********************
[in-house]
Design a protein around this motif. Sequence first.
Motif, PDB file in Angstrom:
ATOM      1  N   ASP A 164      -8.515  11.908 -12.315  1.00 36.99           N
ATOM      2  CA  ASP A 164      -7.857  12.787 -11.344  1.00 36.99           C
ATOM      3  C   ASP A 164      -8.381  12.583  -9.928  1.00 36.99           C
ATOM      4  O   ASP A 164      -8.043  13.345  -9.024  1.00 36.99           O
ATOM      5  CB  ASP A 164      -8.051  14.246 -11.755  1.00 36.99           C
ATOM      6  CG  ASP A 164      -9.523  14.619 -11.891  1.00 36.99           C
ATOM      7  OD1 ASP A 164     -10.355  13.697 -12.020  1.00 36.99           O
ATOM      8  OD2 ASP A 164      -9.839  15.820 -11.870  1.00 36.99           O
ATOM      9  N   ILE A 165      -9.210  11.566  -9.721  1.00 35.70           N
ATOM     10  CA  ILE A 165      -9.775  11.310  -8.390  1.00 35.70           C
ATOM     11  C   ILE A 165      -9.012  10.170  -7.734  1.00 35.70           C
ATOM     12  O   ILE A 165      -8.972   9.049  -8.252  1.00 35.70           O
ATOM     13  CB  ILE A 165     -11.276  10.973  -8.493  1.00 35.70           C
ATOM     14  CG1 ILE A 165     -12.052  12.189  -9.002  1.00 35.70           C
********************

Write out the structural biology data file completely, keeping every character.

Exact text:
[in-house]
Design a protein around this motif. Sequence first.
Motif, PDB file in Angstrom:
ATOM      1  N   ASP A 164      -8.515  11.908 -12.315  1.00 36.99           N
ATOM      2  CA  ASP A 164      -7.857  12.787 -11.344  1.00 36.99           C
ATOM      3  C   ASP A 164      -8.381  12.583  -9.928  1.00 36.99           C
ATOM      4  O   ASP A 164      -8.043  13.345  -9.024  1.00 36.99           O
ATOM      5  CB  ASP A 164      -8.051  14.246 -11.755  1.00 36.99           C
ATOM      6  CG  ASP A 164      -9.523  14.619 -11.891  1.00 36.99           C
ATOM      7  OD1 ASP A 164     -10.355  13.697 -12.020  1.00 36.99           O
ATOM      8  OD2 ASP A 164      -9.839  15.820 -11.870  1.00 36.99           O
ATOM      9  N   ILE A 165      -9.210  11.566  -9.721  1.00 35.70           N
ATOM     10  CA  ILE A 165      -9.775  11.310  -8.390  1.00 35.70           C
ATOM     11  C   ILE A 165      -9.012  10.170  -7.734  1.00 35.70           C
ATOM     12  O   ILE A 165      -8.972   9.049  -8.252  1.00 35.70           O
ATOM     13  CB  ILE A 165     -11.276  10.973  -8.493  1.00 35.70           C
ATOM     14  CG1 ILE A 165     -12.052  12.189  -9.002  1.00 35.70           C